Bulgarian security expert, a former deputy minister of defence in Kirill Petkov government, sees the joint statement by the presidents of Bulgaria and Romania as a correction of the humiliation that Klaus Iohannis was subjected to in Sofia in 2016. That event has long weighed on Bulgarian-Romanian relations.
Mr Bozhilov, the President of Romania, Klaus Iohannis, is in Sofia today, and a declaration of strategic partnership between Bulgaria and Romania has been announced.
What is the content of this strategic partnership? Is it timely, is it late or is it perhaps premature?
I am extremely pleased with Klaus Iohannis’ visit to Bulgaria. It demonstrates the level of relations we should have between Bulgaria and Romania. Both countries have similar goals, priorities and values. We are on the same path of Euro-Atlantic integration. And the more we deepen our relations in all areas, the better. This is especially true now, in the context of the crisis in our region, where the two countries can have an extremely good partnership.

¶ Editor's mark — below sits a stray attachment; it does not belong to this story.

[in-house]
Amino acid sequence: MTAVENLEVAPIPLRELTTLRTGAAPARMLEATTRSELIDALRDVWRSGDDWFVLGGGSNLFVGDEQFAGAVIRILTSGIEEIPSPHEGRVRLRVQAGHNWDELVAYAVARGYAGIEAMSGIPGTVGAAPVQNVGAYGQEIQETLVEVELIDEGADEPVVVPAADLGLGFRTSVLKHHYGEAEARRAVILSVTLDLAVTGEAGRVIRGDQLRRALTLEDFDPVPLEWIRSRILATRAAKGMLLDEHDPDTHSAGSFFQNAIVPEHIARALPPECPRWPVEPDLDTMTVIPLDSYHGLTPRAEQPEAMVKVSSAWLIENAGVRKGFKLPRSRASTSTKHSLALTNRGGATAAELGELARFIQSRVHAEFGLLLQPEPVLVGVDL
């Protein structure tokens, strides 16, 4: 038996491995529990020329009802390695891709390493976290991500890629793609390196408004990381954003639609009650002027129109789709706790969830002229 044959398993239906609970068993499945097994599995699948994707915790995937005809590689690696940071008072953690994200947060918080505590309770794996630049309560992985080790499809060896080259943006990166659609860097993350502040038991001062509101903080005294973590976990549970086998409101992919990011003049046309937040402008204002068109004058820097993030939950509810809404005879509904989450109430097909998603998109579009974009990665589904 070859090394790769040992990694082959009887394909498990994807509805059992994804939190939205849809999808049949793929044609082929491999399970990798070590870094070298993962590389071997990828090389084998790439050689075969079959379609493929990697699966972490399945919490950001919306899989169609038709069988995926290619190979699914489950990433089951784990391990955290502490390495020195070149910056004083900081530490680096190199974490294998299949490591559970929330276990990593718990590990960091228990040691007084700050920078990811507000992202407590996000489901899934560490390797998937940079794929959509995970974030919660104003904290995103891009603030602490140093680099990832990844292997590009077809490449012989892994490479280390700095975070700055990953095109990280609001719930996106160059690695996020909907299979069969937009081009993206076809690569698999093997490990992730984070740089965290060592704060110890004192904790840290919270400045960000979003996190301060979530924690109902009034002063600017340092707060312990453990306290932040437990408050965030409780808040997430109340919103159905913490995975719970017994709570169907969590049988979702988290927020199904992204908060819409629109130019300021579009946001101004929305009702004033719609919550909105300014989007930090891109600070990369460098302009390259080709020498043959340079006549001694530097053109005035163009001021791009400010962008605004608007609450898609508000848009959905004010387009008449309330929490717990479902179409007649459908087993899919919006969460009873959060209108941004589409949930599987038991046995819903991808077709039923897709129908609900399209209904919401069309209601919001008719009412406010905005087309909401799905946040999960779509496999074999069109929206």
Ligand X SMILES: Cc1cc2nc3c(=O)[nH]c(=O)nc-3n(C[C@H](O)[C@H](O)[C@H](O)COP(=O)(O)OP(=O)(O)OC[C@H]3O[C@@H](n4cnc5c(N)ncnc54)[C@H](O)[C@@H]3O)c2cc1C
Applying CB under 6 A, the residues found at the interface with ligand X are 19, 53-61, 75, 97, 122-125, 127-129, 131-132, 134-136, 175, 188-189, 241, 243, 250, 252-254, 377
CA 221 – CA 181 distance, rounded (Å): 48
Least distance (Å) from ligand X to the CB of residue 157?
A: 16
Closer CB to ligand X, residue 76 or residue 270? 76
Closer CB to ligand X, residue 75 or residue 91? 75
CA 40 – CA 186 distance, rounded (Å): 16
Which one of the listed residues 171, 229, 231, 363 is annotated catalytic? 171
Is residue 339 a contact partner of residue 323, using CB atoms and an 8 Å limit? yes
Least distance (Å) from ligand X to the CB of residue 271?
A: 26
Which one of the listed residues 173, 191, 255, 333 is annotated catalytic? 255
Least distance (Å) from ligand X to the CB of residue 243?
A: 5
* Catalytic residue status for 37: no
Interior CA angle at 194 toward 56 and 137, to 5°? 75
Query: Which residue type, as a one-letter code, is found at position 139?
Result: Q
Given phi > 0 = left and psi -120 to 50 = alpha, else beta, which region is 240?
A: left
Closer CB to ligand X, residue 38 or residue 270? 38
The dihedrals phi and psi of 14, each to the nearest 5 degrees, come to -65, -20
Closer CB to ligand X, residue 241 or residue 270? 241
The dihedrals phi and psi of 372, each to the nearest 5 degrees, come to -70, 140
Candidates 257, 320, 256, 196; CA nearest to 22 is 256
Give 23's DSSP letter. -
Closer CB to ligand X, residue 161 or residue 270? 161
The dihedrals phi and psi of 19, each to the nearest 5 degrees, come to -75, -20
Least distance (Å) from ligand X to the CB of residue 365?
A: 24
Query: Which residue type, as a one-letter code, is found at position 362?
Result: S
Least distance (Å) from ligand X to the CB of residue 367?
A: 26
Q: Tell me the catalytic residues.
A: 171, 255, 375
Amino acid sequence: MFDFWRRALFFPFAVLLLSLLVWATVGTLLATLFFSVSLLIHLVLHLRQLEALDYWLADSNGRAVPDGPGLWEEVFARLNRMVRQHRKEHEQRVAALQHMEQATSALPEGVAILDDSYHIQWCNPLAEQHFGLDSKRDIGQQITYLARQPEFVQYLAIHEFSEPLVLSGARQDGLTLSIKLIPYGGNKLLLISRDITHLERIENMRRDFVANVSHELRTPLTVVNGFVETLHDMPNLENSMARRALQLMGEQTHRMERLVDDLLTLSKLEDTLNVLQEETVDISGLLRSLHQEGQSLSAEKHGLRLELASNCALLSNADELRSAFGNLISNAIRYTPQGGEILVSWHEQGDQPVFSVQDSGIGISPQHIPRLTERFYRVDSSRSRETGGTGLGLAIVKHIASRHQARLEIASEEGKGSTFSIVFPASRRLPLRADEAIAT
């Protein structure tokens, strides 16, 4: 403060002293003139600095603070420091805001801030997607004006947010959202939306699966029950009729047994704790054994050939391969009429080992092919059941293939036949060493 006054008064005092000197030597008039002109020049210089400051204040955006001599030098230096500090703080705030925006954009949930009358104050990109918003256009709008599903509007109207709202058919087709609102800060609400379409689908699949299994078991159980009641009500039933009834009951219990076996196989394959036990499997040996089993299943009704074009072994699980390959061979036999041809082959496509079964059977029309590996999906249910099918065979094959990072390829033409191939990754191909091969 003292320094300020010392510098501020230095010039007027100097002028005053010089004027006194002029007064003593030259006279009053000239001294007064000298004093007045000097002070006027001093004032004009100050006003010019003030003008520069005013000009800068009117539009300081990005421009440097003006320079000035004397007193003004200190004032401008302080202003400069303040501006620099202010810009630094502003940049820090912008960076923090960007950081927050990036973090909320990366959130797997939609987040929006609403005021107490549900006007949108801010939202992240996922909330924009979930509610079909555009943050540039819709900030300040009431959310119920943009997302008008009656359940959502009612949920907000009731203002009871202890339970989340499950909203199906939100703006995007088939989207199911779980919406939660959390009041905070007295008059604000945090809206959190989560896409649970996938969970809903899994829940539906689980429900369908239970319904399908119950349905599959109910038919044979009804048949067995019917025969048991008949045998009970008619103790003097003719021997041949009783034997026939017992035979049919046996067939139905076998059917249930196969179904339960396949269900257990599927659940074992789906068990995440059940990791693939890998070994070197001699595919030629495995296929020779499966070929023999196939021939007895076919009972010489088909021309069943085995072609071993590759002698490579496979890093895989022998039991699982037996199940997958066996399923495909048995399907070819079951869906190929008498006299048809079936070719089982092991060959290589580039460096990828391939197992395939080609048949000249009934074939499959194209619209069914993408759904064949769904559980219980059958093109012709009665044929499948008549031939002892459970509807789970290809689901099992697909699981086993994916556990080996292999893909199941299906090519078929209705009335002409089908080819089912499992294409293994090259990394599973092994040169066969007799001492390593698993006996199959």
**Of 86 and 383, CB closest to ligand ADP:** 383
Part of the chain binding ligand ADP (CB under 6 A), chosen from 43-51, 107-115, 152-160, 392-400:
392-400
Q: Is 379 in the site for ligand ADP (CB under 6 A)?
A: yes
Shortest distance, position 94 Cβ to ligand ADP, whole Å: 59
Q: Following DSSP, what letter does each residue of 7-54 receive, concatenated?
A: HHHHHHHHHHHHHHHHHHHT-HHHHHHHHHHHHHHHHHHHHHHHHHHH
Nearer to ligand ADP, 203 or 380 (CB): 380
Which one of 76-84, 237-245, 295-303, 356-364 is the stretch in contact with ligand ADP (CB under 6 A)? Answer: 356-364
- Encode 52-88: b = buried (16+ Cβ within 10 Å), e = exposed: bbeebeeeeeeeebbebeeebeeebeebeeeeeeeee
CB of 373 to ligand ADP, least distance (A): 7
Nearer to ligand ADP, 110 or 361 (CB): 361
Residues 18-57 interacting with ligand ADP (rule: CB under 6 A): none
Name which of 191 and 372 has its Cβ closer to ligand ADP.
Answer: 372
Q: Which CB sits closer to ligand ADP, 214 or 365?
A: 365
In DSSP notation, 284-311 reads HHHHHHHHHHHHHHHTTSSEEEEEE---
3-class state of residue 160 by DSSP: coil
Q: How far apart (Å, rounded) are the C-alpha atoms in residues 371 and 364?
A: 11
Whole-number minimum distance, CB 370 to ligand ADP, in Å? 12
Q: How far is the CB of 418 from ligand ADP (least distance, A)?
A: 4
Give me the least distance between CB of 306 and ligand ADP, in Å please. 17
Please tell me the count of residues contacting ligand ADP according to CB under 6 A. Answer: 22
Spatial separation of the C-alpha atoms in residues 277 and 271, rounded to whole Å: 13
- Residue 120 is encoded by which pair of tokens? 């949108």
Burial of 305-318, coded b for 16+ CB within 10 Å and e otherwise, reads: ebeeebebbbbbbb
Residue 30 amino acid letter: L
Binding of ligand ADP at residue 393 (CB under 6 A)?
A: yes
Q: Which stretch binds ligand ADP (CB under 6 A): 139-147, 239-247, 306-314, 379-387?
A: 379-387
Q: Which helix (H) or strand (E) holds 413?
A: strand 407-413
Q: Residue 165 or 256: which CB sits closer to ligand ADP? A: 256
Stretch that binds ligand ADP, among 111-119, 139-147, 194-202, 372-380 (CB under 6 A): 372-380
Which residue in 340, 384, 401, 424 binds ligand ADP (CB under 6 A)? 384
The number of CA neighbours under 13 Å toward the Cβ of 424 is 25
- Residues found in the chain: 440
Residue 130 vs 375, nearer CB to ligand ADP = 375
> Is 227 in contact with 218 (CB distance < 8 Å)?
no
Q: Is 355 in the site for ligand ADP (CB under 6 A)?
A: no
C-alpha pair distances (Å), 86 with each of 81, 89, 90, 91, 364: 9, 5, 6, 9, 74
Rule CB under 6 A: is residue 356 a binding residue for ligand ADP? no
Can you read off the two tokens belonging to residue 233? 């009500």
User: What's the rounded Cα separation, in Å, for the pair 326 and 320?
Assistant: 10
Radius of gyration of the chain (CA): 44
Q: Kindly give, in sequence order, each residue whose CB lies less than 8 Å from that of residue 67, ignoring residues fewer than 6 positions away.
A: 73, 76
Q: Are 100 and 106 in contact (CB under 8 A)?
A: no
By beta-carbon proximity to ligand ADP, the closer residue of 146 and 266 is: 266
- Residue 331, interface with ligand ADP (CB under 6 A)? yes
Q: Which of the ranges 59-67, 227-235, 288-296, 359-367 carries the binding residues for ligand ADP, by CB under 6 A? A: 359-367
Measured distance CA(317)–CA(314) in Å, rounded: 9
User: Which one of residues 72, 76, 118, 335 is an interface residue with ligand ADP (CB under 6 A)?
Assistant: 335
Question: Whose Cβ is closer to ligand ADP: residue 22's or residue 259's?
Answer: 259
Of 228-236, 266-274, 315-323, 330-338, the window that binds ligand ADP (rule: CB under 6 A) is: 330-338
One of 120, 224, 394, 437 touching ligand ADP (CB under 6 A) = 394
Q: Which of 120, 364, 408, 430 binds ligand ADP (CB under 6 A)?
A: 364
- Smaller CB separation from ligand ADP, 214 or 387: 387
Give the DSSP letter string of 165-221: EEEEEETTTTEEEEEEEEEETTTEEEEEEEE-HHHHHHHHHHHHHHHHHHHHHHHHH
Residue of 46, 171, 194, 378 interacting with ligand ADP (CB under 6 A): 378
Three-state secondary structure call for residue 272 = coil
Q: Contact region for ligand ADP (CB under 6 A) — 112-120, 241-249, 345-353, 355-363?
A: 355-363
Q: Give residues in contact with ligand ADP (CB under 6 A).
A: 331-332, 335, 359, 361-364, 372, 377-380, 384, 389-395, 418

What in particular can security cooperation be? What can it consist of?
The biggest problem, not only for the region and for Europe, but also for world peace, for the global security system, is the war in Ukraine. This war is literally taking place on our borders.